TechUkraine's M1A1 SA Abrams tanks upgraded with unique ARAT-1 armor in strategic move

Ukraine's M1A1 SA Abrams tanks upgraded with unique ARAT-1 armor in strategic move

The M1A1 SA Abrams tank is being outfitted by Ukrainians with ARAT-1 reactive armor blocks, which are part of the TUSK package.
The M1A1 SA Abrams tank is being outfitted by Ukrainians with ARAT-1 reactive armor blocks, which are part of the TUSK package.
Images source: © X (formerly Twitter) | Ukrainian Front

8:41 PM EST, January 14, 2024

A video has surfaced in Ukraine of one of the delivered M1A1 SA Abrams tanks fitted with the ARAT-1 reactive armor package, also known as ABRAMS Reactive Armor Tile. This is included as part of a broader TUSK (Tank Urban Survival Kit) set, designed in response to lessons learned from the Second Gulf War and subsequent stabilization missions in Iraq.

Reactive armor for the M1 Abrams family of tanks

The goal of the TUSK set is to augment protection against ambushes by insurgent groups employing anti-tank handheld weapons in urbanized areas. One of the critical elements is the reactive armor blocks, modeled after the BRAT blocks intended for M2A2 Bradley infantry fighting vehicles.

This is a single-layer reactive armor with explosive material sandwiched between two steel plates. It protects against traditional anti-tank grenades such as the PG-7VL, which has about 1.6 feet of penetration, and enhances protection against anti-tank automatic cannon ammunition such as the 2A42 used in the BMP-2.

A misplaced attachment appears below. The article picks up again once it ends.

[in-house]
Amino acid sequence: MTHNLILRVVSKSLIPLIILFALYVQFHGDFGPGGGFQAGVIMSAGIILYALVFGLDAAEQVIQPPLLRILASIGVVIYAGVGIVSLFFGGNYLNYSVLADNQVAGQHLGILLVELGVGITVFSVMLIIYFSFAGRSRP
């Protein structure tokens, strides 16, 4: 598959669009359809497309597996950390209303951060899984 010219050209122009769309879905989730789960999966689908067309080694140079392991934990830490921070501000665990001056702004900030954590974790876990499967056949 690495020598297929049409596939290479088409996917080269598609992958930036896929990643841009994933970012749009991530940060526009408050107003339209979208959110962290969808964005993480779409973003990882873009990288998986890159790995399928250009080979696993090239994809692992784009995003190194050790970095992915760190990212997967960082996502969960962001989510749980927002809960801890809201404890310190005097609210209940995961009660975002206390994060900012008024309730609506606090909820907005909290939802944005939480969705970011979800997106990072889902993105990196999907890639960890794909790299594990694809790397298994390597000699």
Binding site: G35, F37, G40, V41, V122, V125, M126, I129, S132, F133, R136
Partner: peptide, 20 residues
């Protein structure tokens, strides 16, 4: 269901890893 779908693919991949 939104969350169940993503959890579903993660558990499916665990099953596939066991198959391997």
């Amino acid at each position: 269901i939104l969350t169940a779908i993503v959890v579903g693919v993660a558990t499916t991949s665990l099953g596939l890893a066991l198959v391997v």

The reactive armor works by triggering a premature explosion of, for instance, a grenade from an RPG-7 away from the primary armor. The secondary explosion then disperses the shaped charge jet. This function is performed by the shock wave and fragments from its casing resulting from the explosion inside the cassette.

The Ukrainians have fitted the sides of the hull with ARAT-1 blocks. There is, however, also the option to use ARAT-2 modules, which appear as bent plates on the sides of the turret. It's unclear if the Ukrainians also received these, and there's a possibility that the arrangement of blocks on the documented example isn't yet complete.

Interestingly, ARAT-2 modules can be layered on top of the ARAT-1 to create double-layer armor, but this significantly increases the weight of the reactive armor. Maximum protection isn't always worth a significant loss in mobility, and a more effective solution for, say, FPV-type drones armed with PG-7VL grenades might be a jammer.

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